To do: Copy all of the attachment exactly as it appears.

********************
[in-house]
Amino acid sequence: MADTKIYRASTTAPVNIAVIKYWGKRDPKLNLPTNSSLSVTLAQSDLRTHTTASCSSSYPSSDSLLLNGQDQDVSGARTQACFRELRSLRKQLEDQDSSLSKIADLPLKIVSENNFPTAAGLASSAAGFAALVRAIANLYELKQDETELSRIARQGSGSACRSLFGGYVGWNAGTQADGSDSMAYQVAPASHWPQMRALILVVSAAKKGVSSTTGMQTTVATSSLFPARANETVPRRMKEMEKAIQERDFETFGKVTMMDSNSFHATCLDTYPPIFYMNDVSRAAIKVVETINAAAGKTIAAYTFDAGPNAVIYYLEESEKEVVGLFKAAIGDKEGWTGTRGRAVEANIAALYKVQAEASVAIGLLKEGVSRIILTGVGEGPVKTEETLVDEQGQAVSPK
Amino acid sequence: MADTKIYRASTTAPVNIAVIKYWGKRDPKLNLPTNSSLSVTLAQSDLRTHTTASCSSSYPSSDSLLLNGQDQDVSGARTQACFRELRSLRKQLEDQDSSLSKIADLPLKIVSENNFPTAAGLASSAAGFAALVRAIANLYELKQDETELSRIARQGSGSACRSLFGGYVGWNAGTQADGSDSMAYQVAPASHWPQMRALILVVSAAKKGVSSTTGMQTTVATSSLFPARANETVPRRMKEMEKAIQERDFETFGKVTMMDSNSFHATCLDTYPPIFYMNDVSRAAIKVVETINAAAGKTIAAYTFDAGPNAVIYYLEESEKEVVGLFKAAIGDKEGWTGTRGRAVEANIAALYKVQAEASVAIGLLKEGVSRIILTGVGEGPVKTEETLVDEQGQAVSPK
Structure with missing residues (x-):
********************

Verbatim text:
[in-house]
Amino acid sequence: MADTKIYRASTTAPVNIAVIKYWGKRDPKLNLPTNSSLSVTLAQSDLRTHTTASCSSSYPSSDSLLLNGQDQDVSGARTQACFRELRSLRKQLEDQDSSLSKIADLPLKIVSENNFPTAAGLASSAAGFAALVRAIANLYELKQDETELSRIARQGSGSACRSLFGGYVGWNAGTQADGSDSMAYQVAPASHWPQMRALILVVSAAKKGVSSTTGMQTTVATSSLFPARANETVPRRMKEMEKAIQERDFETFGKVTMMDSNSFHATCLDTYPPIFYMNDVSRAAIKVVETINAAAGKTIAAYTFDAGPNAVIYYLEESEKEVVGLFKAAIGDKEGWTGTRGRAVEANIAALYKVQAEASVAIGLLKEGVSRIILTGVGEGPVKTEETLVDEQGQAVSPK
Amino acid sequence: MADTKIYRASTTAPVNIAVIKYWGKRDPKLNLPTNSSLSVTLAQSDLRTHTTASCSSSYPSSDSLLLNGQDQDVSGARTQACFRELRSLRKQLEDQDSSLSKIADLPLKIVSENNFPTAAGLASSAAGFAALVRAIANLYELKQDETELSRIARQGSGSACRSLFGGYVGWNAGTQADGSDSMAYQVAPASHWPQMRALILVVSAAKKGVSSTTGMQTTVATSSLFPARANETVPRRMKEMEKAIQERDFETFGKVTMMDSNSFHATCLDTYPPIFYMNDVSRAAIKVVETINAAAGKTIAAYTFDAGPNAVIYYLEESEKEVVGLFKAAIGDKEGWTGTRGRAVEANIAALYKVQAEASVAIGLLKEGVSRIILTGVGEGPVKTEETLVDEQGQAVSPK
Structure with missing residues (x-):